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: Goldman Sachs sees some risk the U.S. economy will stumble and fall into recession in next 24 months

There is a real chance that the U.S. economy is going to suffer a recession or “hard landing” in the next two years, according to the economic team at Goldman Sachs.

The bank’s economists see the odds of a recession at about 15% in the next 12 months, with the odds rising to 35% over the next 24 months.

With inflation above 8% for the first time in forty years, Fed officials say they are laser focused on getting interest rates up.

One reason recession odds are so low for the next 12 months is that the Fed benchmark rate is so low — in a range of 0.25% – 0.5%. The U.S. central bank ‘s policy rate won’t be up to a “neutral level” that no longer boosts inflation until the end of the year. Moving rates into “restrictive” territory – generally seen as above 2.5% — won’t happen until 2023.

The Fed wants to try to engineer a soft landing, raising rates enough to cool inflation but not so much as to damage the labor market.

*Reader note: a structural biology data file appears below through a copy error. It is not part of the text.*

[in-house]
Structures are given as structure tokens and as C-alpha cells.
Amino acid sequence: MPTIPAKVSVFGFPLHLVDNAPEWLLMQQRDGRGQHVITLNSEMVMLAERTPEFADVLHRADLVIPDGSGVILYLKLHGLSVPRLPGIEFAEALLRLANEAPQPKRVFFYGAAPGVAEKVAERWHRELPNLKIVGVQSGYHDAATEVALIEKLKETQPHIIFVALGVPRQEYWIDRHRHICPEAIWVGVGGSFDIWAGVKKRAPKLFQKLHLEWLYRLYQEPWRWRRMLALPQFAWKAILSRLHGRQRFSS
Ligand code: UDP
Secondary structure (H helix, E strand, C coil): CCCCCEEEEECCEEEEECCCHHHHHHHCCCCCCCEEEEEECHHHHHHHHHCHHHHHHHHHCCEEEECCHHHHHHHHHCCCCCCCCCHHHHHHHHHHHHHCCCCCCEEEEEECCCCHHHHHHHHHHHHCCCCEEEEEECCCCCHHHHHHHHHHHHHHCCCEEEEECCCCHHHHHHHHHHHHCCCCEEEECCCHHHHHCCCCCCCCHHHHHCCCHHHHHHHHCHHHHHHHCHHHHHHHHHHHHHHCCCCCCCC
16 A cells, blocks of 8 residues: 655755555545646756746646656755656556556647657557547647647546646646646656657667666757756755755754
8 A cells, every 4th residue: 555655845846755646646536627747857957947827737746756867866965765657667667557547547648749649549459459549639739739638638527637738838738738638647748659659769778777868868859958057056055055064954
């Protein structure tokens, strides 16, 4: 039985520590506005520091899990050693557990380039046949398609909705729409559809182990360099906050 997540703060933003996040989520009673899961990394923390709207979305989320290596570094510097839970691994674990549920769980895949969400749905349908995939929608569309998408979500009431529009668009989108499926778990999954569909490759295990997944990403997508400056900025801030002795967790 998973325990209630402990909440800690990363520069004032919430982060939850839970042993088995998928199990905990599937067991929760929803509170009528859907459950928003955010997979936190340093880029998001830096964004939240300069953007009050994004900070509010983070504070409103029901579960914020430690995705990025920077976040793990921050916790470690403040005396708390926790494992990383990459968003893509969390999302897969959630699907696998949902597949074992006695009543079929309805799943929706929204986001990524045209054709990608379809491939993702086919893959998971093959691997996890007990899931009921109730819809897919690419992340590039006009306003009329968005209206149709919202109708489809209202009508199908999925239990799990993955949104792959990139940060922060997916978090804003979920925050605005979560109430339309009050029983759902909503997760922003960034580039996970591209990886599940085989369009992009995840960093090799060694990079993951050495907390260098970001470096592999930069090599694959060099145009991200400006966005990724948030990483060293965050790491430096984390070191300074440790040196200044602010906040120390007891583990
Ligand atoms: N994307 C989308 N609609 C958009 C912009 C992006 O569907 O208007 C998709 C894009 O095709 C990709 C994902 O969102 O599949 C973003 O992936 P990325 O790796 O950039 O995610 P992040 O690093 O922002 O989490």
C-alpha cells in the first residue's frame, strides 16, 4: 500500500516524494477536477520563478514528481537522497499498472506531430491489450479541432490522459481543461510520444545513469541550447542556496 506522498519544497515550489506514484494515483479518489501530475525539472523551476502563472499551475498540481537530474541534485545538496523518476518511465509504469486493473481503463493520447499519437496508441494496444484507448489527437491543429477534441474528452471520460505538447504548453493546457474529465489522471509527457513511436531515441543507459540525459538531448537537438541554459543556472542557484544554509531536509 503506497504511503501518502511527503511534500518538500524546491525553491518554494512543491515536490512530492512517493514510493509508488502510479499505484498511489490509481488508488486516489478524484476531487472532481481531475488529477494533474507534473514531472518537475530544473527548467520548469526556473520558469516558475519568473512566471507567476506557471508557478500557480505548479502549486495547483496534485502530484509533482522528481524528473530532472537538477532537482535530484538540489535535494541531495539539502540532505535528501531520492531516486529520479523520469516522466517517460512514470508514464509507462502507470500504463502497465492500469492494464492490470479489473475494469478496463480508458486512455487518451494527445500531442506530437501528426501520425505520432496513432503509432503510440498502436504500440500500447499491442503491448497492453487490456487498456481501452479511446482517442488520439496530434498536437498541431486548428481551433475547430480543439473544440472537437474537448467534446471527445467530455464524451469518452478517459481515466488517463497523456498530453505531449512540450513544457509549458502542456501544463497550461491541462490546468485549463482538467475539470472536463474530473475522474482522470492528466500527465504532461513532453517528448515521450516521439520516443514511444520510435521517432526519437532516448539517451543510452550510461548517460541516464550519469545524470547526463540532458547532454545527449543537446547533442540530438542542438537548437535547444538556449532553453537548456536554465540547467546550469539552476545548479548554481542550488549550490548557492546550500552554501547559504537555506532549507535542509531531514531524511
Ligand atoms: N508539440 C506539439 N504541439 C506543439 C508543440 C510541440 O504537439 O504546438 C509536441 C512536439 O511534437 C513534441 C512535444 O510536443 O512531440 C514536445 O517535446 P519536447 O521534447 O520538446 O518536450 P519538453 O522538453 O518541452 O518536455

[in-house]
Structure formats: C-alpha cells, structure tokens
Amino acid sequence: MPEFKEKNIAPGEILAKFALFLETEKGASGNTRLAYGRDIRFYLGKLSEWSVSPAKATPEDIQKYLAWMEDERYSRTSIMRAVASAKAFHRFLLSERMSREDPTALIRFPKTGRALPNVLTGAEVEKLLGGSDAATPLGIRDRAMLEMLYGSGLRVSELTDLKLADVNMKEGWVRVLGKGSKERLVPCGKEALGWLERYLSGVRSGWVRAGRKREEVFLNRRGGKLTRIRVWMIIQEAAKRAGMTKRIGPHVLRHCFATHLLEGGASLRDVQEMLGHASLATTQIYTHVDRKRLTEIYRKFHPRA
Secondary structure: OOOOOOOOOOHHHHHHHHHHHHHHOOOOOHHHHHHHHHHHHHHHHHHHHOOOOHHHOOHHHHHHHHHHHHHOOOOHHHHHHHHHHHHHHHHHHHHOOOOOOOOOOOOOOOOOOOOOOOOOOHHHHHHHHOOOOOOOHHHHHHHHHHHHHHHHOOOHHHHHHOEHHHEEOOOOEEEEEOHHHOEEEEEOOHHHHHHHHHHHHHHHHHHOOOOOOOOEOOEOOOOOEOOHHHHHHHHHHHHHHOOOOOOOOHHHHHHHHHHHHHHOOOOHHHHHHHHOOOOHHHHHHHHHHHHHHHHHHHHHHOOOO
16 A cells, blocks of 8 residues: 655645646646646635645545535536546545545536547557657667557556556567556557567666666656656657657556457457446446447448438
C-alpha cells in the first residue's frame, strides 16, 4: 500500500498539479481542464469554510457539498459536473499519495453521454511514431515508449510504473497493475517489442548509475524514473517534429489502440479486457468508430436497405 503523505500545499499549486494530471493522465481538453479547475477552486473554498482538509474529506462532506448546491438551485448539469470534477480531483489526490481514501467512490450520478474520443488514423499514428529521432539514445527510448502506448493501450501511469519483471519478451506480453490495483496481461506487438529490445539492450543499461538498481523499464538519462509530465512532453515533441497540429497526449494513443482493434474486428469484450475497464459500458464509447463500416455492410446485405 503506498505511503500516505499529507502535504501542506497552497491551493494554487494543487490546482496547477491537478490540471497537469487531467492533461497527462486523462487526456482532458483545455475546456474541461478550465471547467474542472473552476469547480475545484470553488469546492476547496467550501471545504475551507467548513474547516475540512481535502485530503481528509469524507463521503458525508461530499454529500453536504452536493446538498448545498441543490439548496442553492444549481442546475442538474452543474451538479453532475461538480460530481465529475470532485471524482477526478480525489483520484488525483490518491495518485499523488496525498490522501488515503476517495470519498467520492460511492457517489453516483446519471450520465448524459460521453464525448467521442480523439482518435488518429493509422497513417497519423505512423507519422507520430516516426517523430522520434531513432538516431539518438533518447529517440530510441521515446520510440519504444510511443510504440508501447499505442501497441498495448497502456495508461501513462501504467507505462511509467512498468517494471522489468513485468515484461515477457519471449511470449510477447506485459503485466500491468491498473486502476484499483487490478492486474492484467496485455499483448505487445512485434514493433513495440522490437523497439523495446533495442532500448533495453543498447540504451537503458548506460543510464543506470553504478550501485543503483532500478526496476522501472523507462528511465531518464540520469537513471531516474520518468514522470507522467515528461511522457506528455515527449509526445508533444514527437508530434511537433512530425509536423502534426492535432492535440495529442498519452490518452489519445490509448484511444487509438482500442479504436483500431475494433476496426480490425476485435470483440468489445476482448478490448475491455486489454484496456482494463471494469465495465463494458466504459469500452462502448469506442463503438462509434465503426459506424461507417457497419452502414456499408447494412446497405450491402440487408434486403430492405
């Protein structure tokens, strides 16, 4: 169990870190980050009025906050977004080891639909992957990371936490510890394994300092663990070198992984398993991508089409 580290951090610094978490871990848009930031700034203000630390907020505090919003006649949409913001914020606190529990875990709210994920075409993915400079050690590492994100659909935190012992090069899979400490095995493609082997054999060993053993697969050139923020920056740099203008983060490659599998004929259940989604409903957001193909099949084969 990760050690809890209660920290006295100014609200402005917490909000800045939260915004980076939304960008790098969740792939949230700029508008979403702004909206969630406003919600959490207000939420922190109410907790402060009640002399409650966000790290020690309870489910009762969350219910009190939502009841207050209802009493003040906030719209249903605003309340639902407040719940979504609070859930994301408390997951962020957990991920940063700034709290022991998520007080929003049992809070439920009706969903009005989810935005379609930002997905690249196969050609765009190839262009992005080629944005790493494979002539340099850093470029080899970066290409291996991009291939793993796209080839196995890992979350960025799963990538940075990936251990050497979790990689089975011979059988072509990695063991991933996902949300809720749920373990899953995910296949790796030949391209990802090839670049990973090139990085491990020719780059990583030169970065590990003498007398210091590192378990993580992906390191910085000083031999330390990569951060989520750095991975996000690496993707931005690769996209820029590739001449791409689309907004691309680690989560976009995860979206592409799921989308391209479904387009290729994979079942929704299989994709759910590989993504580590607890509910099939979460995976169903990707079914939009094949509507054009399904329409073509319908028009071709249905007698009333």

Last week, New York Fed President John Williams said achieving a soft landing would not be easy.

On Monday, William Dudley, his predecessor at the helm of the New York Fed, said a hard landing was inevitable.

Read: Recession fears and the stock market. Is it too late to play defense?

In their note to clients, Goldman said it didn’t believe a recession was inevitable.

The Fed will benefit by post-covid normalizations in labor supply and durable goods prices. More people coming back into the workforce will cool off wages and with the pandemic easing, households are expected to spend more on vacations and other services.

The main goal of the Fed’s plnned rate hikes is to slow wage growth from its recent 5%-6% pace to at least 4%-4.5%, Goldman said. That would help cool inflation close to the Fed’s 2% target in 2023 and 2024.

The current strong economic momentum also limits the risk of a recession in the near-term, Goldman said.

But Goldman said that it expects the Fed to raise its benchmark rate up to range of 3- 3.25% before they are able to get inflation under control. This is what raises the odds of a recession, the firm said.



were trading slightly higher on Monday as the yield on the 10-year Treasury note

continued to move higher.

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